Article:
RALEIGH — Wake County residents on Wednesday loudly criticized the Wake County school board's efforts to end a longstanding diversity policy during a hearing designed to discuss specifics of a reassignment plan for students.
In front of a rowdy crowd of several hundred at Southeast Raleigh High School, school board members heard from a few parents and educators concerned about details of the proposed reassignment plan, which could move 4,703 students to different schools this fall.
But most Wake residents who attended wanted to chastise board members' efforts to switch to a neighborhood school system instead of assigning students based on socioeconomic diversity.
The crowd cheered and gave standing ovations when speakers blasted the new board members' plans. Some held up signs calling for an end to "disintegration."
"It's like you don't even care," said Sam Haney, whose 5-year-old son attends Creech Road Elementary School in Garner. "You should never put anything ahead of the kids."
Some brought attention to national scrutiny that the board has received in recent weeks from U.S. Education Secretary Arne Duncan and Comedy Central satirist Stephen Colbert.
"Colbert was not making a joke; he was making a point," said Dorothy Thompson, a former teacher.
Of those who spoke about where their children are scheduled to attend school next year, most opposed the plans.Many spoke against plans to move their children from Carnage Middle School to East Wake Middle School.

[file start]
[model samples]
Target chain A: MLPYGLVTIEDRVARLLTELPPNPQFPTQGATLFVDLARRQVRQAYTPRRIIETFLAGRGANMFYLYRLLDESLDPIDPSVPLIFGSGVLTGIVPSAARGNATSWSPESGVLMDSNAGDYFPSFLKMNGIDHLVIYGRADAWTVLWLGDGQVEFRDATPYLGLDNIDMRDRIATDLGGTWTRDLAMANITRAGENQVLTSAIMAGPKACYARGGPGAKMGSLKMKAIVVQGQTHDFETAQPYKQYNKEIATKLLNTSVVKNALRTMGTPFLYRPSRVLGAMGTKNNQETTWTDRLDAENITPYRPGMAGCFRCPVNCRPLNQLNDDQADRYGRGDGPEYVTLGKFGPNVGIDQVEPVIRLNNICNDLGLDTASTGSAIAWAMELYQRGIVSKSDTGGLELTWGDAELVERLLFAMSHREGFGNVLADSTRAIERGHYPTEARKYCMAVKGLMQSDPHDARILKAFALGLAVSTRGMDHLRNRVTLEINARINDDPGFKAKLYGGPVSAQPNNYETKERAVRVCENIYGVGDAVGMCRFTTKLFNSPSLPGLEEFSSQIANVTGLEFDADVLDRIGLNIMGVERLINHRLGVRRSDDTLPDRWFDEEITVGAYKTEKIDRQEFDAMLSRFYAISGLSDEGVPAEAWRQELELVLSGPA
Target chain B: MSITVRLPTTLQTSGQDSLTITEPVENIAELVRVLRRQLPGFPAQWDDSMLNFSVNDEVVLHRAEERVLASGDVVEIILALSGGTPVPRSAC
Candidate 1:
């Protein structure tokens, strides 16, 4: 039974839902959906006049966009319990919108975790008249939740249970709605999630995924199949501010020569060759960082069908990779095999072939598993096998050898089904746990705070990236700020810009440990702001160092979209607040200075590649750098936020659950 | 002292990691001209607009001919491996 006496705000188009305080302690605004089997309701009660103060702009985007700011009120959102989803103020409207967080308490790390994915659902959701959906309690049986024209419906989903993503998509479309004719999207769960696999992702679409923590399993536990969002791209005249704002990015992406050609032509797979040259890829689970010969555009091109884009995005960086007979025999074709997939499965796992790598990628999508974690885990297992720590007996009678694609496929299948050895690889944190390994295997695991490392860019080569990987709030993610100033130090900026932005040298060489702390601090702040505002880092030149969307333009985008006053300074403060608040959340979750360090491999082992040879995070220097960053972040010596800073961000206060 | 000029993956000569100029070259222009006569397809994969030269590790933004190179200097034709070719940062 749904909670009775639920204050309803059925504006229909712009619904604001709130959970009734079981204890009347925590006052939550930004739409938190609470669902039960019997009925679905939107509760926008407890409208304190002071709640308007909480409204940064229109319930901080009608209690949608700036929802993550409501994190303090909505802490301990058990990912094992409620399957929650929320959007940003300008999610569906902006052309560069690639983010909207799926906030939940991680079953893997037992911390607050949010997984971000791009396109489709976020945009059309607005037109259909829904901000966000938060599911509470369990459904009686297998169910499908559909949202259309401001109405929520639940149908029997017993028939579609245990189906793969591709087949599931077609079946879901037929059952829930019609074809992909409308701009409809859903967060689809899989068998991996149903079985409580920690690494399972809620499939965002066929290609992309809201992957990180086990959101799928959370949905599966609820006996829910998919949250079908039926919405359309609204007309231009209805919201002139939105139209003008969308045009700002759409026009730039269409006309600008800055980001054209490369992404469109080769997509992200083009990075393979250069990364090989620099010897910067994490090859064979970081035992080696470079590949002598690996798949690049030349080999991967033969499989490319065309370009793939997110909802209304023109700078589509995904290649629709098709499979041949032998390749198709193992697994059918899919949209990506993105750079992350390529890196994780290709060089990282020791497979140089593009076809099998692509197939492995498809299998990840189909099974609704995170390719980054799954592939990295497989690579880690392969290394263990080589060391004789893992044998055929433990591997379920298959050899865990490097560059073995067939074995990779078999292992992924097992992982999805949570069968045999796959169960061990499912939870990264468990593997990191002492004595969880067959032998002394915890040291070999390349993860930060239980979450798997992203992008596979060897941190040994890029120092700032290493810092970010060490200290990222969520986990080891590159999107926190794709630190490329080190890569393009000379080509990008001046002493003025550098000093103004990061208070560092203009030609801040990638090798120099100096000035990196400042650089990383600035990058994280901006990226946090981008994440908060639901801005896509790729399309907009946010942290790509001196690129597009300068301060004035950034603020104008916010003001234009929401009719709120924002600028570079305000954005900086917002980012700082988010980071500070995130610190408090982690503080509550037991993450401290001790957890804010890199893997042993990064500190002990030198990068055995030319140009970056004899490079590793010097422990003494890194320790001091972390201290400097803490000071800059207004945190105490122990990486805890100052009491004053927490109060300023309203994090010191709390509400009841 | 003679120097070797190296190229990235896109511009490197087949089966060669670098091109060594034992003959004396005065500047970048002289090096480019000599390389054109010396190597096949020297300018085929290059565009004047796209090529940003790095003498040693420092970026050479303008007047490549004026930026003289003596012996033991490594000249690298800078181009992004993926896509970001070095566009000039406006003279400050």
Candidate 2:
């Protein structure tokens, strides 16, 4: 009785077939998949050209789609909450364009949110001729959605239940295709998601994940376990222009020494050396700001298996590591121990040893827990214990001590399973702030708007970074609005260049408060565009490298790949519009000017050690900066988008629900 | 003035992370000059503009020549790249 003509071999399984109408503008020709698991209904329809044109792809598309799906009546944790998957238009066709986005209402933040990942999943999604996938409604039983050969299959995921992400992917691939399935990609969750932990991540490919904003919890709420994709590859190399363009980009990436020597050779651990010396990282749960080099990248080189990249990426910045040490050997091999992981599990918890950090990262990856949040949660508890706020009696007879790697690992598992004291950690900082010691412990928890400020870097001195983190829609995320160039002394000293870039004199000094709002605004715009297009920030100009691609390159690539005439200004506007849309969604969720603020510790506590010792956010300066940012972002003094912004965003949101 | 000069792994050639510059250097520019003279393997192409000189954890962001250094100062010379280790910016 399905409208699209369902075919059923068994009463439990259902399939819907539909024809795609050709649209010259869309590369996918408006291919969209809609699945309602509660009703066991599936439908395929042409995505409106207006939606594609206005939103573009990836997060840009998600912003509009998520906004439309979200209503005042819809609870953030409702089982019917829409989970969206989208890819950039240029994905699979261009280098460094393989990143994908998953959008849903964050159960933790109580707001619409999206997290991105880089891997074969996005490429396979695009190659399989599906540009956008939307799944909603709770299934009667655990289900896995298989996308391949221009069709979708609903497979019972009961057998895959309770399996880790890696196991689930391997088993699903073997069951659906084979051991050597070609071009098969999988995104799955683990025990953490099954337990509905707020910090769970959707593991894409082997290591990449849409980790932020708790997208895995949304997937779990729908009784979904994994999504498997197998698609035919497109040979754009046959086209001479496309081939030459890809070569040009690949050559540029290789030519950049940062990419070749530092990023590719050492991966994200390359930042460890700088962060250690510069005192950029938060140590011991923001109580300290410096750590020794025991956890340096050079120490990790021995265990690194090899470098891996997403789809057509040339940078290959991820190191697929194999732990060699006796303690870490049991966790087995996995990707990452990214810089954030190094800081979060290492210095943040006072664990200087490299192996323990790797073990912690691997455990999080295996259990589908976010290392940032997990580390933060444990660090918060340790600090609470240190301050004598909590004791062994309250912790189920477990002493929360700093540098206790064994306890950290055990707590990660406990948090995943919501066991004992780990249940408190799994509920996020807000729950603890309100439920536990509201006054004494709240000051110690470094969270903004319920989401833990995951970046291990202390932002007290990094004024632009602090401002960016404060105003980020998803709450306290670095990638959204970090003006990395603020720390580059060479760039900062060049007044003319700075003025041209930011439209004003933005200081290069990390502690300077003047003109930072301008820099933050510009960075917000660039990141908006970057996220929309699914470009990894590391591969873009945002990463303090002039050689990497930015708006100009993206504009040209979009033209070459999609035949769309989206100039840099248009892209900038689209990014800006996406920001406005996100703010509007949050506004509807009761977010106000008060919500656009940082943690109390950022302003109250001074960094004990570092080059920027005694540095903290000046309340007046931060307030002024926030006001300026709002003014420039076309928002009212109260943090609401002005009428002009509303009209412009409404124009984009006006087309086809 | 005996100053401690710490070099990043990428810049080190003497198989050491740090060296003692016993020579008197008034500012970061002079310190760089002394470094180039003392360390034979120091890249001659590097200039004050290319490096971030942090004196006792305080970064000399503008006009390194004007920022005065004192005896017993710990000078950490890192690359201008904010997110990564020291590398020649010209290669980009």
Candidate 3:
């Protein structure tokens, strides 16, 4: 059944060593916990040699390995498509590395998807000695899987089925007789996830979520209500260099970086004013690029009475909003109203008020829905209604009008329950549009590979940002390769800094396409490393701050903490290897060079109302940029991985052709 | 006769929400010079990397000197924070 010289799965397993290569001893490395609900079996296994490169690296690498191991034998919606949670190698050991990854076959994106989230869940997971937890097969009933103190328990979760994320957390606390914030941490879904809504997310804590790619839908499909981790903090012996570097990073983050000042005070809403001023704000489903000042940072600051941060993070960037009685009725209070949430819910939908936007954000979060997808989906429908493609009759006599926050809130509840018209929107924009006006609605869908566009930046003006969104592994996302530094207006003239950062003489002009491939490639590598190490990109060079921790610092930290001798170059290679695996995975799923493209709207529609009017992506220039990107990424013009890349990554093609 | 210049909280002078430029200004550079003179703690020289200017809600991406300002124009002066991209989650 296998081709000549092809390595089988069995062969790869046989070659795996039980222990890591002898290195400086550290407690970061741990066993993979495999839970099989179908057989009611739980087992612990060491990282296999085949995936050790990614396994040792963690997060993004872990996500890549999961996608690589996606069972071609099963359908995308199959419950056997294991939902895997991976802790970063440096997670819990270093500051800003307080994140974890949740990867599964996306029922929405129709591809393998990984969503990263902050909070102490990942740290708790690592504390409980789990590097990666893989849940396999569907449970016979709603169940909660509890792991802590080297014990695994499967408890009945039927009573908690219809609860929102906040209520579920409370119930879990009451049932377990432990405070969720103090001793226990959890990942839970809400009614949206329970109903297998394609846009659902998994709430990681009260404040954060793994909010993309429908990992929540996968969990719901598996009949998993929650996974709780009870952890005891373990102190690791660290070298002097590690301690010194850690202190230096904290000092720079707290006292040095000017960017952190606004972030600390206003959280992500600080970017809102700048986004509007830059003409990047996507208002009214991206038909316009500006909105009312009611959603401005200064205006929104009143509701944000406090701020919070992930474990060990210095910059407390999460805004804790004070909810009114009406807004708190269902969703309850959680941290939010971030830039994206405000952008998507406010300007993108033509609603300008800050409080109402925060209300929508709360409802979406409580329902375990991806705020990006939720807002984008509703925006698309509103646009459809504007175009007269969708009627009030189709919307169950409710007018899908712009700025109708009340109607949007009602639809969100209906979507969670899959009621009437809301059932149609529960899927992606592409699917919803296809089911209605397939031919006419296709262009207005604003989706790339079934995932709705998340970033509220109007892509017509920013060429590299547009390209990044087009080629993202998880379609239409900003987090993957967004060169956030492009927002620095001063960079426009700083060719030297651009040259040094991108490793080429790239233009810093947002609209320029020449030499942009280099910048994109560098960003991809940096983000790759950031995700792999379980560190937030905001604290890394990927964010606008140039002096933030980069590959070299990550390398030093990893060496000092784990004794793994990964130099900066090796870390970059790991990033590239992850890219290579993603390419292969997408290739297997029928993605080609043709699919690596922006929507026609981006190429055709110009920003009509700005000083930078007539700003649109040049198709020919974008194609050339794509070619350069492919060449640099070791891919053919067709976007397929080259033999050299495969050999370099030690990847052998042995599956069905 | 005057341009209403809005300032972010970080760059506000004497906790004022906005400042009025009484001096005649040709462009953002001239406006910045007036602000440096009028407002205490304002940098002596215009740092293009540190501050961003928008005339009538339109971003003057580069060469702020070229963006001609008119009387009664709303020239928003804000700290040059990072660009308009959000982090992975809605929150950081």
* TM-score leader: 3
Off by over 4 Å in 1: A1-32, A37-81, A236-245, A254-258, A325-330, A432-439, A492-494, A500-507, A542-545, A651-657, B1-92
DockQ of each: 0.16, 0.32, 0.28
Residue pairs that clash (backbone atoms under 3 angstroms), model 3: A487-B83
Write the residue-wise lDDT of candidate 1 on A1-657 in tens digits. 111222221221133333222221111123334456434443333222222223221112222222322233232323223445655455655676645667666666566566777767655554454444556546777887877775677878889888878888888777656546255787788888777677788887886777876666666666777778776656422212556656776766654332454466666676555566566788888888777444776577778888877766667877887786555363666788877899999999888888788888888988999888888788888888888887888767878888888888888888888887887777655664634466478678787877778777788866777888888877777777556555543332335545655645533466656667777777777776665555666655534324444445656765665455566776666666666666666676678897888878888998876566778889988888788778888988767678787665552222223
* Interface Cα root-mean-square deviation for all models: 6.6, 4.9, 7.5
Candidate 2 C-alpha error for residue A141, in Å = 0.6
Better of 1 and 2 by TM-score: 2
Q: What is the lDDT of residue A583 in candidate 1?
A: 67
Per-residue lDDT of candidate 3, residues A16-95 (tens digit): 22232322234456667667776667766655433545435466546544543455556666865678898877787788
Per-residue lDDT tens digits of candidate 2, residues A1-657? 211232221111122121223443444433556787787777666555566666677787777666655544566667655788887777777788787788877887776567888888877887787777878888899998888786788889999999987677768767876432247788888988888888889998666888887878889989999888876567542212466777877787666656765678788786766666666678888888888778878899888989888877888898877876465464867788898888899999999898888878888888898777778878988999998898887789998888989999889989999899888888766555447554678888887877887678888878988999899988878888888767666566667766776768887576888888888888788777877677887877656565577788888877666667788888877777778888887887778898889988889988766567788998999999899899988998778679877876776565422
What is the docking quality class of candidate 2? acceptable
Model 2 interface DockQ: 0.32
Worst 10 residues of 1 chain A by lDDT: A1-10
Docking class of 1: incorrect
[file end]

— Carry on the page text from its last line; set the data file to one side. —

They said their childrenwould end up farther from their homes if the transfers take effect. School officials say it will be closer.
Some floated other ideas for keeping the school system's strong reputation, such as a developing a different kind of magnet program.
Only a few residents supported the reassignments.
"It will really help me and my children," said Irma Pablo, 55, whose two children attend Middle Creek High School in Apex and are to transfer to Southeast Raleigh. "For me, this change is great."
The hearing was the latest of five public hearings on the 2011-12 student reassignment plan, which is almost 50 percent larger than the one originally proposed by staff. Administrators had recommended moving 3,224 students for this fall.
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